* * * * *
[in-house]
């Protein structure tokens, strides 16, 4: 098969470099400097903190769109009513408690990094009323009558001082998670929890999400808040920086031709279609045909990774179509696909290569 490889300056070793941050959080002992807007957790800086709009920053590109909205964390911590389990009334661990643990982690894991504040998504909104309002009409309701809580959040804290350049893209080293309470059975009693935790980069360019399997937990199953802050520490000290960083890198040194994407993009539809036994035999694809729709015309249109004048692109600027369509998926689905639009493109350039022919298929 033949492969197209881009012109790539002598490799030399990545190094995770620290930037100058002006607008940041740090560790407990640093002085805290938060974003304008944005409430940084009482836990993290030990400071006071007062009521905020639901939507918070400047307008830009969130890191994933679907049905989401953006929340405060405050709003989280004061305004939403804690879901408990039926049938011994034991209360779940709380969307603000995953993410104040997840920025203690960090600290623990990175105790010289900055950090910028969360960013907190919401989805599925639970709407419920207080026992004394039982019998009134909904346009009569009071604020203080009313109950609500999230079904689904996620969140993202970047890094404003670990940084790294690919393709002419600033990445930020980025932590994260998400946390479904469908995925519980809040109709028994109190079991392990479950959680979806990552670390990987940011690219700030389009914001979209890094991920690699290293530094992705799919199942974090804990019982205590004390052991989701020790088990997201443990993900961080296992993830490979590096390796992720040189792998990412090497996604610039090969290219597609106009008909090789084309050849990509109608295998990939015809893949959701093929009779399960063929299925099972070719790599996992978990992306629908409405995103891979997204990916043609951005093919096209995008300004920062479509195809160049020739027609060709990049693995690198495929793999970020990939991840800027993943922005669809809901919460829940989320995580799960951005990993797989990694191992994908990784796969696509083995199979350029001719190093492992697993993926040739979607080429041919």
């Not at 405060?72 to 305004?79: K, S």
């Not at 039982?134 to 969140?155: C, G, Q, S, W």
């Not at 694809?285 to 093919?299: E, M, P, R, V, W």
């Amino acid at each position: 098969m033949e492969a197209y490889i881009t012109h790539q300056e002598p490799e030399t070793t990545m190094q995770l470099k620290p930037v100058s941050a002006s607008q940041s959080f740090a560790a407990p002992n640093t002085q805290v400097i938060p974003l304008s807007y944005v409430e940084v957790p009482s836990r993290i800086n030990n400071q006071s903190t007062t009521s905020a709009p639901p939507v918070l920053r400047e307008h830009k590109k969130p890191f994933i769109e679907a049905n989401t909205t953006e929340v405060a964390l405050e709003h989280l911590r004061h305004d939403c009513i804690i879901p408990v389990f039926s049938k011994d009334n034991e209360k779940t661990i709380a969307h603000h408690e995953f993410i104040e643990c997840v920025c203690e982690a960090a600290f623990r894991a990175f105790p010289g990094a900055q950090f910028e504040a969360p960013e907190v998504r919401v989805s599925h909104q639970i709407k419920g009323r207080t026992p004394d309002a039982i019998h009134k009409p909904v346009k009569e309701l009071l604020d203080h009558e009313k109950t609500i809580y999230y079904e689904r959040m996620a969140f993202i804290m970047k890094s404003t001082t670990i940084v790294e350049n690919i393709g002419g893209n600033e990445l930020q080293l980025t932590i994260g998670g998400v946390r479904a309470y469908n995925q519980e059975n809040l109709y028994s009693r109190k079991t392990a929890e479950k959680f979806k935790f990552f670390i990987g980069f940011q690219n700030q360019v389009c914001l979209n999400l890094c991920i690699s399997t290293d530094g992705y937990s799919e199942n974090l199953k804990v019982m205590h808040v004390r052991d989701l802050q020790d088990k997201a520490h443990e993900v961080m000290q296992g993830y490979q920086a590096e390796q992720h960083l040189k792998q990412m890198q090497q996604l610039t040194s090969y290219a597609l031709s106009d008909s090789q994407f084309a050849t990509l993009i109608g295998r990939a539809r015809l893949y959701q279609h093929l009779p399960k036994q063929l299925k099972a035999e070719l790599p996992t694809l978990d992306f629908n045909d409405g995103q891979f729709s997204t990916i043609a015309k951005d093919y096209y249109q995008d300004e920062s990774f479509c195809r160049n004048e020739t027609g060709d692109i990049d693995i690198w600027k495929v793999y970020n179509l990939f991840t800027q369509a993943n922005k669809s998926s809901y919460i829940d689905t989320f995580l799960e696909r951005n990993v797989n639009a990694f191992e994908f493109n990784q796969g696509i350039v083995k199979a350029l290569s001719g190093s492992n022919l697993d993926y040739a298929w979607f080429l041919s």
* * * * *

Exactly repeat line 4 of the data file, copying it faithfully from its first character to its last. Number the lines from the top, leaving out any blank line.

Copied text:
């Not at 039982?134 to 969140?155: C, G, Q, S, W």